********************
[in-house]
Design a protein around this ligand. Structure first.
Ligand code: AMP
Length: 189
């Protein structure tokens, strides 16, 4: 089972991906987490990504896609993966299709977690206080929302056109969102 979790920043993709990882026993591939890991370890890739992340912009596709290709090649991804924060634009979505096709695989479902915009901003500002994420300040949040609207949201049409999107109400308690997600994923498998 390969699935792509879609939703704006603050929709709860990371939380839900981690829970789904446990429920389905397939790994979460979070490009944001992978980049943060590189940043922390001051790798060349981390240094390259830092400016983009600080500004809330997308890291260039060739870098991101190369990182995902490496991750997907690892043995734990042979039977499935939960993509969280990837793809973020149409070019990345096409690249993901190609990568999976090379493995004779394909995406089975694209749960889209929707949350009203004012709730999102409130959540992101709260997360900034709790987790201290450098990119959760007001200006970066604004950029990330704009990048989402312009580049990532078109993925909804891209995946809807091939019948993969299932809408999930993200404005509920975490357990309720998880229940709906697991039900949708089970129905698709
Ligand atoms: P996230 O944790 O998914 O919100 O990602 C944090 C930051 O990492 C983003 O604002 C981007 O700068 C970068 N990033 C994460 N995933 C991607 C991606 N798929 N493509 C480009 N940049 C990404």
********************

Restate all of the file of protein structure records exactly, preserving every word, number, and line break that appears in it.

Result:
[in-house]
Design a protein around this ligand. Structure first.
Ligand code: AMP
Length: 189
């Protein structure tokens, strides 16, 4: 089972991906987490990504896609993966299709977690206080929302056109969102 979790920043993709990882026993591939890991370890890739992340912009596709290709090649991804924060634009979505096709695989479902915009901003500002994420300040949040609207949201049409999107109400308690997600994923498998 390969699935792509879609939703704006603050929709709860990371939380839900981690829970789904446990429920389905397939790994979460979070490009944001992978980049943060590189940043922390001051790798060349981390240094390259830092400016983009600080500004809330997308890291260039060739870098991101190369990182995902490496991750997907690892043995734990042979039977499935939960993509969280990837793809973020149409070019990345096409690249993901190609990568999976090379493995004779394909995406089975694209749960889209929707949350009203004012709730999102409130959540992101709260997360900034709790987790201290450098990119959760007001200006970066604004950029990330704009990048989402312009580049990532078109993925909804891209995946809807091939019948993969299932809408999930993200404005509920975490357990309720998880229940709906697991039900949708089970129905698709
Ligand atoms: P996230 O944790 O998914 O919100 O990602 C944090 C930051 O990492 C983003 O604002 C981007 O700068 C970068 N990033 C994460 N995933 C991607 C991606 N798929 N493509 C480009 N940049 C990404």